Texas Tech University
Box 43092
Lubbock, TX 79409 3092

Date: Fri, 21 Jul 2000 06:20:03 -0700

Mr. Rod Welch
The Welch Company
440 Davis Court #1602
San Francisco, CA 94111 2496

Subject:   Plato, writing, oral discourse


[Responding to your letter on July 20, 2000...]

If Plato was worried that writing was taking over, and felt that orality was the stronger approach, why did he write it down? Why not just have a meeting, give a speech??

It is not that orality as such is the stronger approach. It was a question of interactive dialogue, as critically structured -- Socratic dialogue has a definite overall critical structure -- versus monological discourse functioning only to persuade. Plato was against giving speeches because it does not permit interactivity that keeps it under control. That is why he wrote only dialogues. The problem with writing is that it seems to be self-sufficient, not requiring response in order to be complete, whereas all logical control requires an on-going sequence of interactivity.

The idea is that the written word enables the writer to hide out when it comes time to be responsive. It functions as a defense for dogmatism, which is a kind of stupidity. The dialogue as written form is intended to defeat the inherently dogmatic tendencies in the written word. I don't think your view is actually in contradiction with his since your description of managerial conversation is a description of what he thinks of as the equivalent of the written word. Why? Because it is manipulative and uni-directional, no real feedback going on.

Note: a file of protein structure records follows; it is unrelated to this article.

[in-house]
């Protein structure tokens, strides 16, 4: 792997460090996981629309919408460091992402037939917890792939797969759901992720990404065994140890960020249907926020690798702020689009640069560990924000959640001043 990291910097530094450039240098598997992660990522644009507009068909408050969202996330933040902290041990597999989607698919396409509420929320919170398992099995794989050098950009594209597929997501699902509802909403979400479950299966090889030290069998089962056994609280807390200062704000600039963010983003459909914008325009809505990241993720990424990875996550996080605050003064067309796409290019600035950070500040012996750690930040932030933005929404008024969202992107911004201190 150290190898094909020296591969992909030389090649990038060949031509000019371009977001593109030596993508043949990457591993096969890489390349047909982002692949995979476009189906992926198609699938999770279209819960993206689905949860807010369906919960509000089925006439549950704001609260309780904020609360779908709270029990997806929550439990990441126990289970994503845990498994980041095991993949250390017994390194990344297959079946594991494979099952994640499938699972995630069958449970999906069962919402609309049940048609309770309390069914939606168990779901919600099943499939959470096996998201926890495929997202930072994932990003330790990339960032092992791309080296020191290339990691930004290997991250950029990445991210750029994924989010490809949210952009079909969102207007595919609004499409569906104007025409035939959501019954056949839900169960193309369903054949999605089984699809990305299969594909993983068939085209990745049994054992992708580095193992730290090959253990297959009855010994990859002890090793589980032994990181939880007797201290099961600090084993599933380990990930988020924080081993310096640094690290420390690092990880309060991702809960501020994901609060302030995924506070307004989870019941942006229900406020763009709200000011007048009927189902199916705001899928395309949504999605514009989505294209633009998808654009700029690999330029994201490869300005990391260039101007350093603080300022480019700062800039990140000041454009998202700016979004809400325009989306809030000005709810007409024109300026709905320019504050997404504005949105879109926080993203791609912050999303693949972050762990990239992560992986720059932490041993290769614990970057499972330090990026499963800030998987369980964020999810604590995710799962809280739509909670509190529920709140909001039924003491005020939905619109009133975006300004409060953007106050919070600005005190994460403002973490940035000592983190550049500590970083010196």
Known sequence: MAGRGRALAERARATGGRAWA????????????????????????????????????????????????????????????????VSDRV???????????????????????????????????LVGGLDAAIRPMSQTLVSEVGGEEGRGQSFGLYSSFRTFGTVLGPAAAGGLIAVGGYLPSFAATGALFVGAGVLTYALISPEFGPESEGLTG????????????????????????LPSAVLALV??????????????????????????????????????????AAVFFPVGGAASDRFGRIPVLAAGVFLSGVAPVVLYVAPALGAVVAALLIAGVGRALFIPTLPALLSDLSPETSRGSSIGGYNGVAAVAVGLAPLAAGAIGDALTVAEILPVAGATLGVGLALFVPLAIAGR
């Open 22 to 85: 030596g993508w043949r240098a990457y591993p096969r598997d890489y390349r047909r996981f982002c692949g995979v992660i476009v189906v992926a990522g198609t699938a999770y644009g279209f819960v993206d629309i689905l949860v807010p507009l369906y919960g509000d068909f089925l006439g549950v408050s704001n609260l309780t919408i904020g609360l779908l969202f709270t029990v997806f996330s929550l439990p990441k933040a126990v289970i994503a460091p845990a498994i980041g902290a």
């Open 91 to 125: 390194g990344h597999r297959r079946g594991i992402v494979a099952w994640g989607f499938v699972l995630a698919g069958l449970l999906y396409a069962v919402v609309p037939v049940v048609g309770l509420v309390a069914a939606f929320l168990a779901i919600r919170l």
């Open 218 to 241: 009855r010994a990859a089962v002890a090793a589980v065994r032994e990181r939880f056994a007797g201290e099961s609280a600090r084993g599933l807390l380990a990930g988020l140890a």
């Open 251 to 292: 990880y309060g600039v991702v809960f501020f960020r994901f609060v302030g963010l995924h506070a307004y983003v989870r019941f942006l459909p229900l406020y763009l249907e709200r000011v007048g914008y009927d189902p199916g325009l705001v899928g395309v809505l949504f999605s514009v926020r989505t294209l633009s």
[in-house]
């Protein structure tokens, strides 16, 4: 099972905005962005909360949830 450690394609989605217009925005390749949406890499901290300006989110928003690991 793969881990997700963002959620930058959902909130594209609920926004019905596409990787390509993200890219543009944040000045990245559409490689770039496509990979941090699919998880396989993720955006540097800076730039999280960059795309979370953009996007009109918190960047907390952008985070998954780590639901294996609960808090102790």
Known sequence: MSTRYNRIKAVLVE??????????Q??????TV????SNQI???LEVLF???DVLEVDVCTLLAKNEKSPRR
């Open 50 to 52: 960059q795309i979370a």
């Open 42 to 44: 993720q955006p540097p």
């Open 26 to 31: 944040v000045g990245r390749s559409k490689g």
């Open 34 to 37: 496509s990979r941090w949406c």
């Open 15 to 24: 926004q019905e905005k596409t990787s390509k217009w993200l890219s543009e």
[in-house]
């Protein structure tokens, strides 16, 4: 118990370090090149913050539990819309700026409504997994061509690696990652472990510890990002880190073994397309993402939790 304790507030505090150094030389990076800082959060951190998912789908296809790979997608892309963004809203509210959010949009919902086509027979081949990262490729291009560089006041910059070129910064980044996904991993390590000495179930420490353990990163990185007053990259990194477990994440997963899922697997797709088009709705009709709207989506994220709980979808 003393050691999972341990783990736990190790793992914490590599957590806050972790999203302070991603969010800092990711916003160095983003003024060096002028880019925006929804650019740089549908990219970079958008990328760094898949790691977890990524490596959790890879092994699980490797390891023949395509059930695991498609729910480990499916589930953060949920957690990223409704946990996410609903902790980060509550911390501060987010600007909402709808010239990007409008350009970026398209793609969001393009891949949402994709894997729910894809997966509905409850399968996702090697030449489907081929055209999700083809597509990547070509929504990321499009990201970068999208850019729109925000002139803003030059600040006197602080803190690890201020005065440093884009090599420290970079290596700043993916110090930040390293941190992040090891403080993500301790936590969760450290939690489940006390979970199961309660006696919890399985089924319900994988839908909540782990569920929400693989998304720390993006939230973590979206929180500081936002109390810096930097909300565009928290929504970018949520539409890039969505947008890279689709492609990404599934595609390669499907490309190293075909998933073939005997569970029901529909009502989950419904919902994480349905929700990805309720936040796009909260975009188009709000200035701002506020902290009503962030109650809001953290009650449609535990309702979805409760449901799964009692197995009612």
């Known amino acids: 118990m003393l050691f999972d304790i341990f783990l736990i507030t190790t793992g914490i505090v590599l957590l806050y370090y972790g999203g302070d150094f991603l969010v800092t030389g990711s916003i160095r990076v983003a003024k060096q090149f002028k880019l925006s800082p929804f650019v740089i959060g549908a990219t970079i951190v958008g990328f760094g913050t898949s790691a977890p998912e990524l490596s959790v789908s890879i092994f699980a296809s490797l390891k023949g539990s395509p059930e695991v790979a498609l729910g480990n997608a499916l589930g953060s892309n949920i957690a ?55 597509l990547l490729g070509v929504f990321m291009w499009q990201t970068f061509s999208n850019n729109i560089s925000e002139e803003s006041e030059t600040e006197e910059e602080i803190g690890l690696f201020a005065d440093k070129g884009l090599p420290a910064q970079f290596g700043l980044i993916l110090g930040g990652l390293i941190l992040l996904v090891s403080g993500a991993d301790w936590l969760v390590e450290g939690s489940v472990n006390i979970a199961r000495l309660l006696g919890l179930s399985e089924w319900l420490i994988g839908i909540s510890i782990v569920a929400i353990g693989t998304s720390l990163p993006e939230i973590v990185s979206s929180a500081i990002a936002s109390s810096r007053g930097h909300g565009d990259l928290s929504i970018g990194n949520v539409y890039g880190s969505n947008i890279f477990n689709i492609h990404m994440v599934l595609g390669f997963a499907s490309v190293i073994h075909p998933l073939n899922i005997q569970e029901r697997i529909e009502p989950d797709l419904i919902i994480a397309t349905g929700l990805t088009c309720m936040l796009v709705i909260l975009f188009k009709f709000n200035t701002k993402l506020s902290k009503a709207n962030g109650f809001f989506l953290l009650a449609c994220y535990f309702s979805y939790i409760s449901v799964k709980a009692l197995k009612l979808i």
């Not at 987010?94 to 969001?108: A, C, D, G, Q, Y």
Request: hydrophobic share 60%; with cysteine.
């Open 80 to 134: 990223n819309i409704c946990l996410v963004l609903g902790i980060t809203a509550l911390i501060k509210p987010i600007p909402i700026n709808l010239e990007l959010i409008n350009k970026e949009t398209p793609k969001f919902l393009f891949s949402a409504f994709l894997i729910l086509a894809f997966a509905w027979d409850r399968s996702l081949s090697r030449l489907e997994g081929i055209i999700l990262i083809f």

[Rod Welch wrote...]

Cognitive Science explains limited span of attention, emotional fatigue, and commingling stuff in the mind, where connections get wired incorrectly and cursory treatment is forced by information overload and limited time, all of which is a secret from the conscious mind that remains hidden by stream of conscious communication, both oral and written. These are the challenges, much more so, than are poor communication skills which might be remedied by training.

Yes, but the cog sci explanation doesn't in itself have any implications for rectification. It is not that it's wrong but that it doesn't seem to suggest much as regards what is to be done about it.


Texas Tech University
Dept of Philosophy

Joe Ransdell

Joseph Ransdell
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